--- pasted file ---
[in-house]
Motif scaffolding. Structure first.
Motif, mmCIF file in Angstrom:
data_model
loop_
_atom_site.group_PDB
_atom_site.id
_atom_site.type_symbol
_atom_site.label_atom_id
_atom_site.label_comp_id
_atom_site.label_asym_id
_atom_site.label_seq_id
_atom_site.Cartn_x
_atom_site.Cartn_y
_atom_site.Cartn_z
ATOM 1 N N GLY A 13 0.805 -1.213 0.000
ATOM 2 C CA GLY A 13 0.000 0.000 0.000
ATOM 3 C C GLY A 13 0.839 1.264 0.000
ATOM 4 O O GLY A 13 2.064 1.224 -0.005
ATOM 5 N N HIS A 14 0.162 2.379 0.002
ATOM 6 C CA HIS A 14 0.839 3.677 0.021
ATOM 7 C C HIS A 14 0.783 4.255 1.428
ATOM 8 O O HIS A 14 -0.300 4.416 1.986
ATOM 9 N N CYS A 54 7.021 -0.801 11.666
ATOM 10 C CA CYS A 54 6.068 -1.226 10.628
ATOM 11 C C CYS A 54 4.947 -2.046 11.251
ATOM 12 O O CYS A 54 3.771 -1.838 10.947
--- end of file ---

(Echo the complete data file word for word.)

[in-house]
Motif scaffolding. Structure first.
Motif, mmCIF file in Angstrom:
data_model
loop_
_atom_site.group_PDB
_atom_site.id
_atom_site.type_symbol
_atom_site.label_atom_id
_atom_site.label_comp_id
_atom_site.label_asym_id
_atom_site.label_seq_id
_atom_site.Cartn_x
_atom_site.Cartn_y
_atom_site.Cartn_z
ATOM 1 N N GLY A 13 0.805 -1.213 0.000
ATOM 2 C CA GLY A 13 0.000 0.000 0.000
ATOM 3 C C GLY A 13 0.839 1.264 0.000
ATOM 4 O O GLY A 13 2.064 1.224 -0.005
ATOM 5 N N HIS A 14 0.162 2.379 0.002
ATOM 6 C CA HIS A 14 0.839 3.677 0.021
ATOM 7 C C HIS A 14 0.783 4.255 1.428
ATOM 8 O O HIS A 14 -0.300 4.416 1.986
ATOM 9 N N CYS A 54 7.021 -0.801 11.666
ATOM 10 C CA CYS A 54 6.068 -1.226 10.628
ATOM 11 C C CYS A 54 4.947 -2.046 11.251
ATOM 12 O O CYS A 54 3.771 -1.838 10.947